Living in the 21st century we know well how the voices of a few can liberate a mass. Ted talks are such influential platforms where expert speakers come forward on topics and ideologies that matter from education, business, science, tech, and creativity to astounding real-life stories of the world we reside in. It is an American media organization that posts talks online under the belief “ideas worth spreading”. The local, self-organized events are branded TEDx, where x = independently organized TED event.
One such TEDx event introduced “The effect of masculine & feminine principles in architecture”, by Australian Architect Jo Gillies who has a passion for revealing the hidden meaning behind a design. Jo Gillies studied Architecture at Sydney University and an Honours degree with a thesis focused on the Public Squares of Europe which increased her awareness of the impact of design on people. Gender Focus is not the issue but more of a sensitivity and ideology based on balance, fluidity, style, engineering, and sustainability issues.
She starts by saying that Architecture is all around us yet the most undervalued thing in our society. The masculine and feminine principles come into play to balance and create provocative, inspiring, and seductive designs. The notion of equilibrium and the beautiful tension between the two works as inspiration. A very familiar example given by Jo Gillies of Yin Yang is the perfect harmony of the male and female dynamic which defines the fundamental philosophy of life. Then another famous philosophy by Leonardo da Vinci called the Vitruvian Man, compares the working of the human body as an analogy to the workings of the universe in regards to the mathematical proportions in terms of the human body and sacred geometry.
Jo Gillies then shares a very personal and dark event in her life where being a victim of assault made her a bit masculine and practicing in a male- dominant field of architecture didn’t help much. To add a broader eco-spiritual approach to architecture, she traveled to Africa in 2011. Then after spending some time in 2013 with Australian Aboriginal elders experiencing stories about Songlines, that finally inspired her to combine her unique blend of design principles with a more sustainably spiritual orientation.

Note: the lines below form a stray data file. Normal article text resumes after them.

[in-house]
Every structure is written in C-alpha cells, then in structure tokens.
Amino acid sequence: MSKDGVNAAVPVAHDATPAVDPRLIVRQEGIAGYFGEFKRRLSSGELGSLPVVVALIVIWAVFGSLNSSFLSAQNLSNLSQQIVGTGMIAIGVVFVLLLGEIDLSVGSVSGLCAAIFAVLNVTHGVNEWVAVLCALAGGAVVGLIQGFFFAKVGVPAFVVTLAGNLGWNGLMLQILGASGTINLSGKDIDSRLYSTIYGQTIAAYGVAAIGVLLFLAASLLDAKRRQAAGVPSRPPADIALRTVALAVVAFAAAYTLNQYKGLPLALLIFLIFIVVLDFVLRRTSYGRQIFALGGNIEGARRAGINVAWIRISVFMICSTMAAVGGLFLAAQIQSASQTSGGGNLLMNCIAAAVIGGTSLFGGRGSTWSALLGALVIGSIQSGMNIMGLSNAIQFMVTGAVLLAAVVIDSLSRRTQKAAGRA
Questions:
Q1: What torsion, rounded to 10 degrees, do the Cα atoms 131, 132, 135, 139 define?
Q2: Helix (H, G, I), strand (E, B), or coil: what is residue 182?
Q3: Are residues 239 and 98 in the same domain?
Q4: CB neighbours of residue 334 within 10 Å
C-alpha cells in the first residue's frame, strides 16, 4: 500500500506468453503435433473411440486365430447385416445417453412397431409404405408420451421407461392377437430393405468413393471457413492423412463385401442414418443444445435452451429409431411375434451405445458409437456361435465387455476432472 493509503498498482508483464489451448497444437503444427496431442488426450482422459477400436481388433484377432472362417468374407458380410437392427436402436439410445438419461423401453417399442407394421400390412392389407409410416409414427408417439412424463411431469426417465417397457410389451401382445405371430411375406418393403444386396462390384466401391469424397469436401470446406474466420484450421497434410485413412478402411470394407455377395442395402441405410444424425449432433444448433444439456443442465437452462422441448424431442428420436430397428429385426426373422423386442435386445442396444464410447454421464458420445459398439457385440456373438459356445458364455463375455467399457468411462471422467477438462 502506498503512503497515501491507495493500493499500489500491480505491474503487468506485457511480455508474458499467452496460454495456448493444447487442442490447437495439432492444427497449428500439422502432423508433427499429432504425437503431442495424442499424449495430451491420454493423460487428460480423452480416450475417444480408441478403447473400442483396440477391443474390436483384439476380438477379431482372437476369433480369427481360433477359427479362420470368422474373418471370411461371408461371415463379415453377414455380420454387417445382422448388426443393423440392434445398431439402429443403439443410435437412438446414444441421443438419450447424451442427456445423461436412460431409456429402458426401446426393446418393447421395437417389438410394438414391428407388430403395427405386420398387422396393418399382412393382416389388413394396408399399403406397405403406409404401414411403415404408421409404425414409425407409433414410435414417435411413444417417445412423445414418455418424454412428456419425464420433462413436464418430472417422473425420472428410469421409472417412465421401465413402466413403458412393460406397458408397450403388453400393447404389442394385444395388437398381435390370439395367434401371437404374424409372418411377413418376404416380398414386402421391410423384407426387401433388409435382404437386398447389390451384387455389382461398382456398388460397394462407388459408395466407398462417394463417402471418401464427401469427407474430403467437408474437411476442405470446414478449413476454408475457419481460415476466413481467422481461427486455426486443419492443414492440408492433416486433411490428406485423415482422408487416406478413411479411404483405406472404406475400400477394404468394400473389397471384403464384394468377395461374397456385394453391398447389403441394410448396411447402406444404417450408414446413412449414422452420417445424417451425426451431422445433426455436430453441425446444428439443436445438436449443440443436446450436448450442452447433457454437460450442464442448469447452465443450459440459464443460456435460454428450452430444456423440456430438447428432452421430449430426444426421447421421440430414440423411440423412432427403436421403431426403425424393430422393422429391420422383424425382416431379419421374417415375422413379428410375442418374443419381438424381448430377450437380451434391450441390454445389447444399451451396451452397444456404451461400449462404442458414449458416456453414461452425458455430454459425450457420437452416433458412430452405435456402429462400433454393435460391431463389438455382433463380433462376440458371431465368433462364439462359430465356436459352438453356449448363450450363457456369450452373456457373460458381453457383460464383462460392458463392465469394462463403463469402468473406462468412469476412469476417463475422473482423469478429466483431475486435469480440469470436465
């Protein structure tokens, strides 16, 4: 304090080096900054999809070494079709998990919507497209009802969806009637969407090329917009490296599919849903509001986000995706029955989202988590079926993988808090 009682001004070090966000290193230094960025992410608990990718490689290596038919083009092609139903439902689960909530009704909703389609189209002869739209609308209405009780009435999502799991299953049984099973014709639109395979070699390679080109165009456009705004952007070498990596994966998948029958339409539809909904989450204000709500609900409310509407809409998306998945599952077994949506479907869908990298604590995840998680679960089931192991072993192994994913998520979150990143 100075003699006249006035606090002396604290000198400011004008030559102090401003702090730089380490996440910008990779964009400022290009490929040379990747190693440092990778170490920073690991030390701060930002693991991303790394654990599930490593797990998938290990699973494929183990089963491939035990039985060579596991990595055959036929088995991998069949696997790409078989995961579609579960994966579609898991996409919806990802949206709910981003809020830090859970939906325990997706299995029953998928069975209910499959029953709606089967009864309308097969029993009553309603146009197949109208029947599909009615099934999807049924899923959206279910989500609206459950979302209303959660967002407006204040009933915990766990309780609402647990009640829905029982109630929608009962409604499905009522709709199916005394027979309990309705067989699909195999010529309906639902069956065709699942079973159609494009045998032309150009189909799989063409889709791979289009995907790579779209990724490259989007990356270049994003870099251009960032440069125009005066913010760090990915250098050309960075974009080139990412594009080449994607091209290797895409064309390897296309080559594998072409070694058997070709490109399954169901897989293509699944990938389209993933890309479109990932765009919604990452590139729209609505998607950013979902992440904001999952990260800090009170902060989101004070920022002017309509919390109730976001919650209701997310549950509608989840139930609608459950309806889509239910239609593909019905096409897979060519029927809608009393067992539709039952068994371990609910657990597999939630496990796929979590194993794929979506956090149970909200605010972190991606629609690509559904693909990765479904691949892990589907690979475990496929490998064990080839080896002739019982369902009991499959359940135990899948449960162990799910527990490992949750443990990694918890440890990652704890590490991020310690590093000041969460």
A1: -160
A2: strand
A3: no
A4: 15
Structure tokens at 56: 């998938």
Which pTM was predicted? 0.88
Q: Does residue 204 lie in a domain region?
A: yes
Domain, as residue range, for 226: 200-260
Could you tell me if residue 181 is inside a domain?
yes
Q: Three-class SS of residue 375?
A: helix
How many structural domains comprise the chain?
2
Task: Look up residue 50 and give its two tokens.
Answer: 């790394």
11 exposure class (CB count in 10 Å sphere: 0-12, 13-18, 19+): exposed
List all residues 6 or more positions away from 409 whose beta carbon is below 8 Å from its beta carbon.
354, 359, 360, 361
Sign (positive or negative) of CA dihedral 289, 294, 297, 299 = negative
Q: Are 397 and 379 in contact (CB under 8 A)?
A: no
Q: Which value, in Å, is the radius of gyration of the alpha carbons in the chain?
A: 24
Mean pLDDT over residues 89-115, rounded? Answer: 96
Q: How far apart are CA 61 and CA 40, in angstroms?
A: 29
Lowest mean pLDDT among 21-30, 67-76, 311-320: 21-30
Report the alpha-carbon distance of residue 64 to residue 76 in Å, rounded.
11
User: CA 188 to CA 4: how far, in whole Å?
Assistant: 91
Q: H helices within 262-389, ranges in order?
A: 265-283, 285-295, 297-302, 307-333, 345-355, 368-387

Jo’s childhood passion for Architecture, Art, and a constant search for balance with our being and the built spaces. One of the mentors introduced her to the very elegant concept of golden mean where the rectangle boxes are masculine while the curves are feminine as seen at play even in nature. Her new lens of looking at the world made her appreciate and differentiate between spaces.
With the list of examples below she explains the concept more clearly.
1. Sydney Opera House by architect Jørn Utzon is an inspirational example of modern architecture where the male-female dynamic partakes in a perfect play, where the structure with the graceful feminine curves sits on an anchoring plinth.
2. Brutal architecture building New Reich Chancellery by architect Albert Speer, Hitler’s architect from the Third Reich, whose mandate was to design buildings that appeared heavy, angular, and imposing in an attempt to intimidate people and make them feel submissive. This fascist architecture was meant to be masculine-oriented. Cold heartless architecture leaves one very disconnected and shut off.
3. Niterói Contemporary Art Museum in Rio de Janeiro is designed by Brazilian Architect Oscar Niemeyer who got his concept as inspiration from the female form.
4. Metropol Parasol is a wooden structure building in Seville, Spain by German Architect Jürgen Hermann Mayer, which has a curved form like a mushroom-shaped roof in contrast to the geometric buildings surrounding the structure. People love to visit this place as they feel inspired and connected with the feminine generosity of space design.
5. Tjibaou Cultural Centre in New Caledonia is designed by an Italian Architect Renzo Piano for the local Kanak people. It steeps masculine and feminine traditions and respects the balance by creating curved timbre baton forms of the pointed spiralling roof structure. A concept echoed by symbolizing the hub ancient tradition which spirals up to the heavens is feminine by nature while the anchoring rooting to the ground is masculine. From the symmetric pathway to the trees on either side of the structure, the references of masculine and feminine features are fierce.
6. Kilden Performing Arts Centre in Finland by ALA Architects protrudes a graceful plinth that blunts the sharpness of the imposing roof.
The spatial dynamic of the four elements, i.e., Earth- solidity, and connection; Fire- Sun and light; Water- flow and fluidity and; Wind- breeze and airflow. It’s a toolkit for architects to use while designing to achieve the balance of both forms. We as humans strive for peace, inner balance, and equilibrium which can be provided through the balancing of the two spiritual pillars of masculinity and femininity. Ultimately, it’s about creating spaces we love to be in and achieving balance in the pendulum of life.